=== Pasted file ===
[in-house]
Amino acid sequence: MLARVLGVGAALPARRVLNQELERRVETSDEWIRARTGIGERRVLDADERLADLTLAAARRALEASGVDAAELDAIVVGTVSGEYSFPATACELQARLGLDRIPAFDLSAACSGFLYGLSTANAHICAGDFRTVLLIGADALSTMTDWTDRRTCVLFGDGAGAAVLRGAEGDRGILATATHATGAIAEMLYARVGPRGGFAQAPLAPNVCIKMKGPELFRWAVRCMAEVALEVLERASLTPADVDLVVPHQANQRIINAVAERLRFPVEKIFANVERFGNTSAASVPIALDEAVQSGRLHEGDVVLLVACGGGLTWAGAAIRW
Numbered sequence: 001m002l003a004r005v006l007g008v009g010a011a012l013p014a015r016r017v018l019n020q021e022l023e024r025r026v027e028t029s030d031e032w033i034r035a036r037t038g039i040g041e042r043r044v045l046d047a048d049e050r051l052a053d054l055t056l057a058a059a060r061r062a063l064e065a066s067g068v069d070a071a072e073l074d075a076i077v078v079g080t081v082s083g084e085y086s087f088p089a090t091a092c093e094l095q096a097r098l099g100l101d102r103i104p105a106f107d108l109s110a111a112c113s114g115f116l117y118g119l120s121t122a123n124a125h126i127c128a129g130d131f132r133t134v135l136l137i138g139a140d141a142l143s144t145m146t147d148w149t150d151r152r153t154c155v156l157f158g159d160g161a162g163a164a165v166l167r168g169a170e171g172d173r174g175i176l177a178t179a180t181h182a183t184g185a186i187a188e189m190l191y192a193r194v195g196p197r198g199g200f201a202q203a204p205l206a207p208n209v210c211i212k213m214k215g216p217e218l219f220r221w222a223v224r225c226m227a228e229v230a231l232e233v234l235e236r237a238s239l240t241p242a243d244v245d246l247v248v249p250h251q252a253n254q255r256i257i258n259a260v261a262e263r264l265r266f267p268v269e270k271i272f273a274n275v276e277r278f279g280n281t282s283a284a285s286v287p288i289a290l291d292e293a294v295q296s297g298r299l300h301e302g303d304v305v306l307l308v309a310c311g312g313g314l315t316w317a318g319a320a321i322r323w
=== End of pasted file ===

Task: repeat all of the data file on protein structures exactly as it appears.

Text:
[in-house]
Amino acid sequence: MLARVLGVGAALPARRVLNQELERRVETSDEWIRARTGIGERRVLDADERLADLTLAAARRALEASGVDAAELDAIVVGTVSGEYSFPATACELQARLGLDRIPAFDLSAACSGFLYGLSTANAHICAGDFRTVLLIGADALSTMTDWTDRRTCVLFGDGAGAAVLRGAEGDRGILATATHATGAIAEMLYARVGPRGGFAQAPLAPNVCIKMKGPELFRWAVRCMAEVALEVLERASLTPADVDLVVPHQANQRIINAVAERLRFPVEKIFANVERFGNTSAASVPIALDEAVQSGRLHEGDVVLLVACGGGLTWAGAAIRW
Numbered sequence: 001m002l003a004r005v006l007g008v009g010a011a012l013p014a015r016r017v018l019n020q021e022l023e024r025r026v027e028t029s030d031e032w033i034r035a036r037t038g039i040g041e042r043r044v045l046d047a048d049e050r051l052a053d054l055t056l057a058a059a060r061r062a063l064e065a066s067g068v069d070a071a072e073l074d075a076i077v078v079g080t081v082s083g084e085y086s087f088p089a090t091a092c093e094l095q096a097r098l099g100l101d102r103i104p105a106f107d108l109s110a111a112c113s114g115f116l117y118g119l120s121t122a123n124a125h126i127c128a129g130d131f132r133t134v135l136l137i138g139a140d141a142l143s144t145m146t147d148w149t150d151r152r153t154c155v156l157f158g159d160g161a162g163a164a165v166l167r168g169a170e171g172d173r174g175i176l177a178t179a180t181h182a183t184g185a186i187a188e189m190l191y192a193r194v195g196p197r198g199g200f201a202q203a204p205l206a207p208n209v210c211i212k213m214k215g216p217e218l219f220r221w222a223v224r225c226m227a228e229v230a231l232e233v234l235e236r237a238s239l240t241p242a243d244v245d246l247v248v249p250h251q252a253n254q255r256i257i258n259a260v261a262e263r264l265r266f267p268v269e270k271i272f273a274n275v276e277r278f279g280n281t282s283a284a285s286v287p288i289a290l291d292e293a294v295q296s297g298r299l300h301e302g303d304v305v306l307l308v309a310c311g312g313g314l315t316w317a318g319a320a321i322r323w